On the river there was never any doubt that we might die in the next rapid. But the fact is, river deaths are rare. Death by hiking is much more popular. People fall from cliffs or die of thirst with some regularity in Grand Canyon. Or they suffer a heart attack when flipped into 50-degree Colorado River water. It looks like death by drowning but isn’t. Those who die in the river seldom drown.
I’ve spent unwanted time in the river at least three times. The first was a run through House Rock rapid, my maiden voyage in my own boat. I was on a private trip in November. We were all wet-suited up and the light was closing down and the cold was coming. My boat was a 12-foot rubber Apache, and my passenger was an irrepressible young woman named Delia who insisted on riding with me for the month we were on the river together. She had plenty of choices and I was the only novice, and I thank her every time I think of her, which is often. I dumped her in the first major rapid of our journey, and dumped her again at Lava Falls, the last. Both times we just held onto the upside-down boat, got to shore, dusted ourselves off, and with the help of our friends righted the boat and climbed in again. There’s little comfort in stopping to think about what’s just happened, because rapids keep coming and coming when you’re headed downstream, and you’ve got no choice but to negotiate the next stretch as best you can. And it focuses you to pay attention to water. It’s like writing in that way, totally absorbing and time-defying. A cold swim in a swift river can put you in a trance.
Twenty-five years later, I got to meet the innards of the river again. But unlike the first two baptisms, where I was rolled from side to side and up and around and didn’t spend memorable time under the water’s surface, my swim through Bedrock rapid pinned me to the underside. My boat rolled up onto a large chunk of pink granite in the middle of the river, and did not flip but ejected me. I still have a scar on my foot to prove it. I didn’t know anything for what seemed like a very long time, then my mind woke up just enough to understand the weight and color of something on top of my head. It was, I realized, the river.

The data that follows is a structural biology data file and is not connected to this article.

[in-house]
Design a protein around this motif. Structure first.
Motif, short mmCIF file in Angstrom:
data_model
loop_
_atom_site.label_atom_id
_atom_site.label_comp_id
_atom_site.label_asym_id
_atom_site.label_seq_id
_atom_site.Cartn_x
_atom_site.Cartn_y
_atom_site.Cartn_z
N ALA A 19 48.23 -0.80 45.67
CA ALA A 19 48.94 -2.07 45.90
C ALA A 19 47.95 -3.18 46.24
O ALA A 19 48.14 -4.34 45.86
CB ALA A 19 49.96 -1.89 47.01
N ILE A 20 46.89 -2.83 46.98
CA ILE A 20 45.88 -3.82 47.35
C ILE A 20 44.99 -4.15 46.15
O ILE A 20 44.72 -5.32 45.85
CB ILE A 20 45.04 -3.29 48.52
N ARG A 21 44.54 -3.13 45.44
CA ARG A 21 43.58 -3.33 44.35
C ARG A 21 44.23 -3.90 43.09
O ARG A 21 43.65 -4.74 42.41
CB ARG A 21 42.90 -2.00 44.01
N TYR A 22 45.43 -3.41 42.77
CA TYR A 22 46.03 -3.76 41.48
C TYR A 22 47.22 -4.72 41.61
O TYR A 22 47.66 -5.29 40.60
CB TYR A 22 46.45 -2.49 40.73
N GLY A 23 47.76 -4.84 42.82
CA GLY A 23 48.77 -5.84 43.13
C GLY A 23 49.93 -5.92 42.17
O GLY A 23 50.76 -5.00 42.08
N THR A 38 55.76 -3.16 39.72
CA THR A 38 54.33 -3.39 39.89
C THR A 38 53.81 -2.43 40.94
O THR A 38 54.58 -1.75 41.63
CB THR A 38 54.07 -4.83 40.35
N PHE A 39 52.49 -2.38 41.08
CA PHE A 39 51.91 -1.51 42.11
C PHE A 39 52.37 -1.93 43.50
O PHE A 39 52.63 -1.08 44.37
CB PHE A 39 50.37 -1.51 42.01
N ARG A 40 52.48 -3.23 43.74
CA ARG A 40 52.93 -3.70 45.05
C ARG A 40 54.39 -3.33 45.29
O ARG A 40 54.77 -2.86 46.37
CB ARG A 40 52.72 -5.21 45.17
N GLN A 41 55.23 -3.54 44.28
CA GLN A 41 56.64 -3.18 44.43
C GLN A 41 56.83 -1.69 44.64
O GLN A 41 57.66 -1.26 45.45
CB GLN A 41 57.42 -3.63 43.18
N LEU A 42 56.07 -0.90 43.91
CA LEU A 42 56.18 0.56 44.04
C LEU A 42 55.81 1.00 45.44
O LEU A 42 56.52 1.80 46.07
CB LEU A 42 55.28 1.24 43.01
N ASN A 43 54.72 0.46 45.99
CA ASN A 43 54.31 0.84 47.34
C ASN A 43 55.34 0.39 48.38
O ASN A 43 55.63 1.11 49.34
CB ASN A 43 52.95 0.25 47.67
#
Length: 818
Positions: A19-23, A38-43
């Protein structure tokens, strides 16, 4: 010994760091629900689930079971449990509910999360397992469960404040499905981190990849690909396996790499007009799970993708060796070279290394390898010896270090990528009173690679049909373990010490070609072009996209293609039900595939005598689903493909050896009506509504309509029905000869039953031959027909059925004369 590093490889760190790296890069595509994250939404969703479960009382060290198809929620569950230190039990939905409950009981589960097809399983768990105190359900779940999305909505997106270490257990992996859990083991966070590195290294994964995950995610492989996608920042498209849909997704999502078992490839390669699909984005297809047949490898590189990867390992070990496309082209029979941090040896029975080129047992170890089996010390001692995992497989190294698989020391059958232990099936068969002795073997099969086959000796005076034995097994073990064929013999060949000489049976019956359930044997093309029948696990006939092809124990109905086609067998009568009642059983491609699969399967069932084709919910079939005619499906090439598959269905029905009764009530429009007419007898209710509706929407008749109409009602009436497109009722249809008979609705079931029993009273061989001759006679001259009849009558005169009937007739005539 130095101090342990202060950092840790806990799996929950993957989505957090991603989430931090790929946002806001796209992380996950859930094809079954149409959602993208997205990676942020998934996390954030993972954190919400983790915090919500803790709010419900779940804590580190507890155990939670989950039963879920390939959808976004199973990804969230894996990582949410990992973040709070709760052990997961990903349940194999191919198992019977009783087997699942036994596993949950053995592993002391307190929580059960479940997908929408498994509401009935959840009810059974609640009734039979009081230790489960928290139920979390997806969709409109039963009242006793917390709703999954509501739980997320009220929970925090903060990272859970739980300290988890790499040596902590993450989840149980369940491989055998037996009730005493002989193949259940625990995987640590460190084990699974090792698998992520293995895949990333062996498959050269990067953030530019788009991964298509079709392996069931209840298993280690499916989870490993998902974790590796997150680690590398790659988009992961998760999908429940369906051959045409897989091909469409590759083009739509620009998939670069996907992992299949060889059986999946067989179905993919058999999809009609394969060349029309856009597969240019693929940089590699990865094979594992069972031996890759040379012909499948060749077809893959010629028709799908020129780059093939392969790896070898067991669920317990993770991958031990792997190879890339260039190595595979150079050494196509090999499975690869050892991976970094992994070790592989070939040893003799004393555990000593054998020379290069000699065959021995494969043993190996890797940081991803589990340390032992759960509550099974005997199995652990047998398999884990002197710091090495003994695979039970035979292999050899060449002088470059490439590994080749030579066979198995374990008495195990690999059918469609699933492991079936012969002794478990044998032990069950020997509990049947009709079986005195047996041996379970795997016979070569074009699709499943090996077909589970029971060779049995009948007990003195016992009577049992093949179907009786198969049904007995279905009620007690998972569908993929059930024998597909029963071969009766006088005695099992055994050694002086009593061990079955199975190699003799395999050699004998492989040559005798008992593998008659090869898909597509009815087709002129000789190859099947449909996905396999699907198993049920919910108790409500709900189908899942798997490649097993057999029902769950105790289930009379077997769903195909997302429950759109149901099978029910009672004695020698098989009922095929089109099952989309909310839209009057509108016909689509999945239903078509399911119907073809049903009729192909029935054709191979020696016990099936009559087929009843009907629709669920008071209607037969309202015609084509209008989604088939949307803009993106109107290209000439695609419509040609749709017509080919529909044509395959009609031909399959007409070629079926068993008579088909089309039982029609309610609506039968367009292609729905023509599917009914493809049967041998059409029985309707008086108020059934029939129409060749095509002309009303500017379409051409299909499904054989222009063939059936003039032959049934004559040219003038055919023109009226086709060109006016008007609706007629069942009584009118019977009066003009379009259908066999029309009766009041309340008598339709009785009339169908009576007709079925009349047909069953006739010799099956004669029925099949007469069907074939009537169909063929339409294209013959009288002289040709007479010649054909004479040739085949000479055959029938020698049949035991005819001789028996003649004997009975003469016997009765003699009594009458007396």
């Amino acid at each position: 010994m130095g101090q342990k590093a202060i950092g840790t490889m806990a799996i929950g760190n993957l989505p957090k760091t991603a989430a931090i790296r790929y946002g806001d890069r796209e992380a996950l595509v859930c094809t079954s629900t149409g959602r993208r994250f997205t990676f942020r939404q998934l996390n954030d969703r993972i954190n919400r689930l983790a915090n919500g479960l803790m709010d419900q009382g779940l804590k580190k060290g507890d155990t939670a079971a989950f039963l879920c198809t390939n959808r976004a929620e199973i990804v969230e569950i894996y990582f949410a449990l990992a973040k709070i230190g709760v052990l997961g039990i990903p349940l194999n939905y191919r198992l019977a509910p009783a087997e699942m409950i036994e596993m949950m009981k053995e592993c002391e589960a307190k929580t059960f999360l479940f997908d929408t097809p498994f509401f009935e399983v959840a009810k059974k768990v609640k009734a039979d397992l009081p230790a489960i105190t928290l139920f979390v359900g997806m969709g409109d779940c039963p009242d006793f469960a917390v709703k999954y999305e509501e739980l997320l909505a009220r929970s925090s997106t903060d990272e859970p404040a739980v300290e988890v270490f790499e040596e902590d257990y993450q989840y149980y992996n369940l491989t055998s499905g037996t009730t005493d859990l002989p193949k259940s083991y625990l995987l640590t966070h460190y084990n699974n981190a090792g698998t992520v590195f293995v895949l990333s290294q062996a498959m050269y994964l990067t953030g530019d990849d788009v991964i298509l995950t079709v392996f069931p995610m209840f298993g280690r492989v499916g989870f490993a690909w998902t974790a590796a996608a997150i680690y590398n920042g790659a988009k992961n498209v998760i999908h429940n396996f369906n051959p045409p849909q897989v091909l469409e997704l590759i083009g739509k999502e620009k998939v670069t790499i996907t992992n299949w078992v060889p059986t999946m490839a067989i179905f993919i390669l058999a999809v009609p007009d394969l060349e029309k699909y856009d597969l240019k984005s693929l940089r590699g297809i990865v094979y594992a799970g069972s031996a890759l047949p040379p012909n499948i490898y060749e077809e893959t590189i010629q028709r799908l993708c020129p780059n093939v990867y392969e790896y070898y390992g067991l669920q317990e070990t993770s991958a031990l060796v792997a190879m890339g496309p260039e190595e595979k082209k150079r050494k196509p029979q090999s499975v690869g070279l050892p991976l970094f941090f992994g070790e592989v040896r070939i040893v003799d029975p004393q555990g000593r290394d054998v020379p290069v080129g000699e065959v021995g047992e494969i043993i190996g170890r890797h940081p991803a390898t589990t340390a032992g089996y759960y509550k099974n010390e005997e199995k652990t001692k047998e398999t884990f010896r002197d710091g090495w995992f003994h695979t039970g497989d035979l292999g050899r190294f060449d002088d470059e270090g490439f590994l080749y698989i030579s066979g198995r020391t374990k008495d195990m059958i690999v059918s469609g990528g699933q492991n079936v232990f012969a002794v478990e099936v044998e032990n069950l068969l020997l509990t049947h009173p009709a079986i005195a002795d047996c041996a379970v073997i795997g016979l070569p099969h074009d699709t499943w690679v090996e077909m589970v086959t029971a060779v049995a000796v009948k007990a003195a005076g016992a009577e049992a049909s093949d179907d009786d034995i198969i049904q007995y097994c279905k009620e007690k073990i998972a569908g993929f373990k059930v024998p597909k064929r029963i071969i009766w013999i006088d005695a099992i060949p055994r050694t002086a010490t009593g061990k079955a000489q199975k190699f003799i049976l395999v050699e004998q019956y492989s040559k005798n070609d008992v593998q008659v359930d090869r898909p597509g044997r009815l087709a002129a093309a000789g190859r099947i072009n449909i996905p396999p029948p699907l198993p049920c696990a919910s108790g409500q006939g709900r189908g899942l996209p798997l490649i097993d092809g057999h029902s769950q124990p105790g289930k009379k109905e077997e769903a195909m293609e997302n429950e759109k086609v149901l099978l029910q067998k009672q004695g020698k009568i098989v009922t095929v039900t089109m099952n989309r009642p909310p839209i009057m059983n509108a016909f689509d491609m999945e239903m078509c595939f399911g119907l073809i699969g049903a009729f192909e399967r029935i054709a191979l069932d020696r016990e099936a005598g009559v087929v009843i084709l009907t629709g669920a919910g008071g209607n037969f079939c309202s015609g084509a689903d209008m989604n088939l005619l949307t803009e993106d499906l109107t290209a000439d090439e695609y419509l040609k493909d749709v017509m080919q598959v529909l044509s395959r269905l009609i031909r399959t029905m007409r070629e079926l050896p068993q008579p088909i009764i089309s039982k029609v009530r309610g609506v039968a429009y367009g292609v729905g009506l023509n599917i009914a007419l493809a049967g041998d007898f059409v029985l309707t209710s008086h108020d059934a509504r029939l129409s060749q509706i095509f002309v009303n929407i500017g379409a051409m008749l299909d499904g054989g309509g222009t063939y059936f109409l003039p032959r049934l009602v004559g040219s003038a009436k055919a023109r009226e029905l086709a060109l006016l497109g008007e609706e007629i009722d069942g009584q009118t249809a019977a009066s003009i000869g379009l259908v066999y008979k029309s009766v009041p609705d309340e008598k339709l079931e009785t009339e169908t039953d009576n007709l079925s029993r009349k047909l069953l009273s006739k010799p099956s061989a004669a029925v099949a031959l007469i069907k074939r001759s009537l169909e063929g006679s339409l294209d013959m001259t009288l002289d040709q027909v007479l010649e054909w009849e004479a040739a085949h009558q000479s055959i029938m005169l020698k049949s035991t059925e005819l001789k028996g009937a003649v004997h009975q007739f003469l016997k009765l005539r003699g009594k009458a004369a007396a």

I was underwater for no more than a minute, but a minute, as you can imagine, is a certain kind of forever. The current that held me down felt like a pair of liquid arms. I began to feel my lungs aching and I noticed the darkness of the water above me and realized I would have to work, to “bestir myself,” to get to air. Such a simple thing, breathing. Such an essential part of each living moment. I kicked and rose, kicked again and rose. The water paled. I saw light coming through the liquid canopy above me, and oddly, that was the moment I became not afraid but resigned to death. I thought, what an end to a life. What a waste, to die in this river. Instead of increasing my will to live, I was touched with realism as I approached the surface. The surface was still far enough away to be out of reach. I could clearly see the possibility of not being able to reach it. I wanted to reach it, but knew I might not. Sober, was my feeling. Sober, and a little sad. A this-is-it moment without the fuss of great emotion. Great emotion was not part of the ending of my life, apparently. Even as I broke the surface and opened my throat to the air, I felt still and quiet. Joy wasn’t there, nor grief, nor relief. Just the edge of sky, a pale blue line above the canyon wall, like a second river I would someday swim up through.
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